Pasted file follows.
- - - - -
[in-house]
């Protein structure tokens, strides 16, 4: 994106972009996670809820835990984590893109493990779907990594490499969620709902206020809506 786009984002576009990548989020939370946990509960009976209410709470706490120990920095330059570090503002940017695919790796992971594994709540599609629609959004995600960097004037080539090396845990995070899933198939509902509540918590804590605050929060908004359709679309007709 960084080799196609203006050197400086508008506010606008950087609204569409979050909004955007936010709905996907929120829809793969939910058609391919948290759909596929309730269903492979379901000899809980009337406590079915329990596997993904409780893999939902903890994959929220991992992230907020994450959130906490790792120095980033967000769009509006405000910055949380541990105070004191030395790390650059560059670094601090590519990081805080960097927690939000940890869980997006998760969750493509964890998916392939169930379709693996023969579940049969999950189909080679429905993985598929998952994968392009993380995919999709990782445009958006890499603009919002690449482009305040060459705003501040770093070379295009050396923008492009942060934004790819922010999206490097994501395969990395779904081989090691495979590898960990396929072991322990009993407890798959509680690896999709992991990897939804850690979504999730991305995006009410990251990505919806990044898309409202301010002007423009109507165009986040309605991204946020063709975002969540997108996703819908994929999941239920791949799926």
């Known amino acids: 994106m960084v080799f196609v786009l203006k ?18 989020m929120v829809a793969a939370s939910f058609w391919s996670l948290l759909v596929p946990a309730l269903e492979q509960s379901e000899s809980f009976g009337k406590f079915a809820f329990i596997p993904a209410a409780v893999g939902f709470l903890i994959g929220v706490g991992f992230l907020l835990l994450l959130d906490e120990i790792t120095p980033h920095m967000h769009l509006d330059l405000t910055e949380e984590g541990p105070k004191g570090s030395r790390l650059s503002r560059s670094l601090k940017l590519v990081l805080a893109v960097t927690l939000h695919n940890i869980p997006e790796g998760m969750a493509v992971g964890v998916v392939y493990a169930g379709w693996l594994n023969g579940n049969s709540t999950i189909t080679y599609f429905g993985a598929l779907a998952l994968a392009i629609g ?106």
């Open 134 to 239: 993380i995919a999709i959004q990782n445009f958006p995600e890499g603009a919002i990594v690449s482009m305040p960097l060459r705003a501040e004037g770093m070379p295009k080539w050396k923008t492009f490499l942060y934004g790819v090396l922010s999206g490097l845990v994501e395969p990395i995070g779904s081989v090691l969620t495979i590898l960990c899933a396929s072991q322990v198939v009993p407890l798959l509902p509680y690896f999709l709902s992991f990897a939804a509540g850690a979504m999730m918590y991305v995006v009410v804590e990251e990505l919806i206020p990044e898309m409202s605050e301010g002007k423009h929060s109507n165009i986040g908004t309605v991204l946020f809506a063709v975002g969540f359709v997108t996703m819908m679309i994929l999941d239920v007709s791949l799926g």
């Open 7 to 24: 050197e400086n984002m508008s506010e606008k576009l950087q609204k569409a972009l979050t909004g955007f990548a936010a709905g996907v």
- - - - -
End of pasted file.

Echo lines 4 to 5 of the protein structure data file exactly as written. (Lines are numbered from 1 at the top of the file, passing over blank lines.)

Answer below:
């Open 134 to 239: 993380i995919a999709i959004q990782n445009f958006p995600e890499g603009a919002i990594v690449s482009m305040p960097l060459r705003a501040e004037g770093m070379p295009k080539w050396k923008t492009f490499l942060y934004g790819v090396l922010s999206g490097l845990v994501e395969p990395i995070g779904s081989v090691l969620t495979i590898l960990c899933a396929s072991q322990v198939v009993p407890l798959l509902p509680y690896f999709l709902s992991f990897a939804a509540g850690a979504m999730m918590y991305v995006v009410v804590e990251e990505l919806i206020p990044e898309m409202s605050e301010g002007k423009h929060s109507n165009i986040g908004t309605v991204l946020f809506a063709v975002g969540f359709v997108t996703m819908m679309i994929l999941d239920v007709s791949l799926g």
């Open 7 to 24: 050197e400086n984002m508008s506010e606008k576009l950087q609204k569409a972009l979050t909004g955007f990548a936010a709905g996907v």